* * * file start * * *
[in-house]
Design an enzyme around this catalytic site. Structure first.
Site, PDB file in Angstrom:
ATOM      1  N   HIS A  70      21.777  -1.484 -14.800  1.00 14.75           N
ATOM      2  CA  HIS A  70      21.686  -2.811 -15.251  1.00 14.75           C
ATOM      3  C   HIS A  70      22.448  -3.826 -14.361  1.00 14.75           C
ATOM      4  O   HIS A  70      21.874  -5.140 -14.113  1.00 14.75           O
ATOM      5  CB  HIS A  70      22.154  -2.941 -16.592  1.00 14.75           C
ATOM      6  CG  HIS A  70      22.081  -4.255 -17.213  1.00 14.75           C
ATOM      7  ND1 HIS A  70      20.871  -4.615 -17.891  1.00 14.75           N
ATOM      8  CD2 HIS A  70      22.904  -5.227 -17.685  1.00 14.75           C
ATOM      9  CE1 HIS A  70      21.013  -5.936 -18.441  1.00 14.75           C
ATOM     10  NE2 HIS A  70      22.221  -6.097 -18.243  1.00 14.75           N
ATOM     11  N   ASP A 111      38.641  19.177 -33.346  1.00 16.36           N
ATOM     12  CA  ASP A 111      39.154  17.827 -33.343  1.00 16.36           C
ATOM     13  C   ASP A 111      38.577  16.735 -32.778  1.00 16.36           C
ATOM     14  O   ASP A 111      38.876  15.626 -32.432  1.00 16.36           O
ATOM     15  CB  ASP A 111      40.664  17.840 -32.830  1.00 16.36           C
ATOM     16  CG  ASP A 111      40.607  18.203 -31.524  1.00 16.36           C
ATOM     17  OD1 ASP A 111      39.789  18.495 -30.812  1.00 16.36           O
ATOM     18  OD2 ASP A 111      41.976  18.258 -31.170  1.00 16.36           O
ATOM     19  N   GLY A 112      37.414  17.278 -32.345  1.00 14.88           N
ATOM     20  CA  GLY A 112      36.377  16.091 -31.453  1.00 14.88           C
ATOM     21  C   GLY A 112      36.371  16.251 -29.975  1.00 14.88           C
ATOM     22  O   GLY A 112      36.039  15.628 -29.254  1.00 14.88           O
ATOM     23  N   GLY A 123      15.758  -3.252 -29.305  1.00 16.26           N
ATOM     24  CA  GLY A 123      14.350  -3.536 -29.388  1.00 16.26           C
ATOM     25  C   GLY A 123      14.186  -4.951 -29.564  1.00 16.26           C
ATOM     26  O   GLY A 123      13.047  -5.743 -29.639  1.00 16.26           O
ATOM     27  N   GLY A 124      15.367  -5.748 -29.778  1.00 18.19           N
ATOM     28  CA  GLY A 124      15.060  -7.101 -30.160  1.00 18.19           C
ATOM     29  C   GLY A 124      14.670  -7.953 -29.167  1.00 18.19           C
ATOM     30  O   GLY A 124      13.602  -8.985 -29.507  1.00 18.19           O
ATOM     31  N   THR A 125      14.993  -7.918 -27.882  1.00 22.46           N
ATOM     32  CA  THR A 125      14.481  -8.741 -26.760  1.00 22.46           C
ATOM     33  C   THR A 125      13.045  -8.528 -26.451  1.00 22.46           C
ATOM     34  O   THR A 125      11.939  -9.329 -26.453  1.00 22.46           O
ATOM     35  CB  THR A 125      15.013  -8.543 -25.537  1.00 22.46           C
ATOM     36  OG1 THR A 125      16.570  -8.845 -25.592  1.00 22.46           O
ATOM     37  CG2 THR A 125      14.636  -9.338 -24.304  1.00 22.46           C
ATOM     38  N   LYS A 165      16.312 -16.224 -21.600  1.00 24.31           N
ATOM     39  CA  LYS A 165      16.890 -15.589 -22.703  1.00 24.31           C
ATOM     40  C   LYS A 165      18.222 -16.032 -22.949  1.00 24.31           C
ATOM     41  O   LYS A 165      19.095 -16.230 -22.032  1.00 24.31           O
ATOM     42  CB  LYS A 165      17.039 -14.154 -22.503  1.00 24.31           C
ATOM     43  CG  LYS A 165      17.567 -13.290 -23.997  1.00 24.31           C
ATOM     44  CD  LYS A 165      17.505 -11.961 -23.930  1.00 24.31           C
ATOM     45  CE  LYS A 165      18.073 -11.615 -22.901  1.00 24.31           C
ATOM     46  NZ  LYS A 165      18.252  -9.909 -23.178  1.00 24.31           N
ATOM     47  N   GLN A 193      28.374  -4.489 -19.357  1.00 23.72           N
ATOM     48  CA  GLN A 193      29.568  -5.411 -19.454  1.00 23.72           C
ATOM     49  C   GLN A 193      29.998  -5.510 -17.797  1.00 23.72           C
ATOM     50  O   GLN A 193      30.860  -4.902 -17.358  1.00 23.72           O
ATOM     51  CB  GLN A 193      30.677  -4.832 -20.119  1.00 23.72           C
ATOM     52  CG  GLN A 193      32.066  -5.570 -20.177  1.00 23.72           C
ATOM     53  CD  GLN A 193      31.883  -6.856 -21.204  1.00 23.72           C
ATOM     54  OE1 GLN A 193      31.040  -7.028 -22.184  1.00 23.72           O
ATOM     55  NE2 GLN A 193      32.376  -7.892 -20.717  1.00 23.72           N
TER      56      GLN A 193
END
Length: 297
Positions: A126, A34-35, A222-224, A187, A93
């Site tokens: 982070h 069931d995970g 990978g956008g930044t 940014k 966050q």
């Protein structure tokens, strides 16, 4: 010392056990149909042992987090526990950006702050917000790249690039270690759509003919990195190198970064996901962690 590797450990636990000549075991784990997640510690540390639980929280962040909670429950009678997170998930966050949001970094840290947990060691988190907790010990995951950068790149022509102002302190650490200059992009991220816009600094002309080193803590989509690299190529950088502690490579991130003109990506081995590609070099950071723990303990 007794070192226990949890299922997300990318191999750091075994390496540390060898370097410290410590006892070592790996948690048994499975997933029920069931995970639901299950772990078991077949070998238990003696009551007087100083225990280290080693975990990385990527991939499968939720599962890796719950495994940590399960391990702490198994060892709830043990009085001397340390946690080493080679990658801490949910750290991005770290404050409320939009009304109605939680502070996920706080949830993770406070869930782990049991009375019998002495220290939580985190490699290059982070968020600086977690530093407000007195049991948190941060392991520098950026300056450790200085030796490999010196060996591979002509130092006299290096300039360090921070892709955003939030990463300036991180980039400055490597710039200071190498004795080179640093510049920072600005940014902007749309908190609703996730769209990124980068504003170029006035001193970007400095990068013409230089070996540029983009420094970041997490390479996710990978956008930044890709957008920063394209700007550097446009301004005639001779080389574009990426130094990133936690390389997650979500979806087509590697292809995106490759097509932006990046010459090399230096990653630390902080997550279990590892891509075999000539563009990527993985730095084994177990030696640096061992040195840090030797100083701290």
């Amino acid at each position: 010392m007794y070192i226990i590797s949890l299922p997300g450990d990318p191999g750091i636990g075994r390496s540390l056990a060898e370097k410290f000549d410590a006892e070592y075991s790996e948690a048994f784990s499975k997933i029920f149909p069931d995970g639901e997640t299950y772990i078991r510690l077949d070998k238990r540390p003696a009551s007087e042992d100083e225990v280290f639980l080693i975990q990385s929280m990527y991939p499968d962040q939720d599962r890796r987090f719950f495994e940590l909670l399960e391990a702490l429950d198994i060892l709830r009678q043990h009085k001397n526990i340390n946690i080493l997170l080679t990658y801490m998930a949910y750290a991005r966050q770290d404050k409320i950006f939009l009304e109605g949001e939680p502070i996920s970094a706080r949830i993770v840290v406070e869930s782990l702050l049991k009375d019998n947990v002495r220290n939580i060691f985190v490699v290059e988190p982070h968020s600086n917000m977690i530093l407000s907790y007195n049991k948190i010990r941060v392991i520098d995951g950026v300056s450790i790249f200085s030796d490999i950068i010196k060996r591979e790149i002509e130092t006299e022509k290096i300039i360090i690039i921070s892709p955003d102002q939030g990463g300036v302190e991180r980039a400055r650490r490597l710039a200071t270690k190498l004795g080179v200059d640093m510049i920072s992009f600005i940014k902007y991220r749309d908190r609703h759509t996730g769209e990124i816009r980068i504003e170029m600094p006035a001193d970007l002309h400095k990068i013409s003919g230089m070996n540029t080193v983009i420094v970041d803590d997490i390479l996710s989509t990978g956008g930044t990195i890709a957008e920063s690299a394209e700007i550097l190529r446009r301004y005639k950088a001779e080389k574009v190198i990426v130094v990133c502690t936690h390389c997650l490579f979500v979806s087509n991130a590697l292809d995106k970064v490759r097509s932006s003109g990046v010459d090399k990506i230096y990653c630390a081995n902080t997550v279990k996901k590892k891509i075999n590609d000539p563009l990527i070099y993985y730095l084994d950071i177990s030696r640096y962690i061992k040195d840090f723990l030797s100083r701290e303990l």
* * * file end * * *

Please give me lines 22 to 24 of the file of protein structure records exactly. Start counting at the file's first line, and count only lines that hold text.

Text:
ATOM     19  N   GLY A 112      37.414  17.278 -32.345  1.00 14.88           N
ATOM     20  CA  GLY A 112      36.377  16.091 -31.453  1.00 14.88           C
ATOM     21  C   GLY A 112      36.371  16.251 -29.975  1.00 14.88           C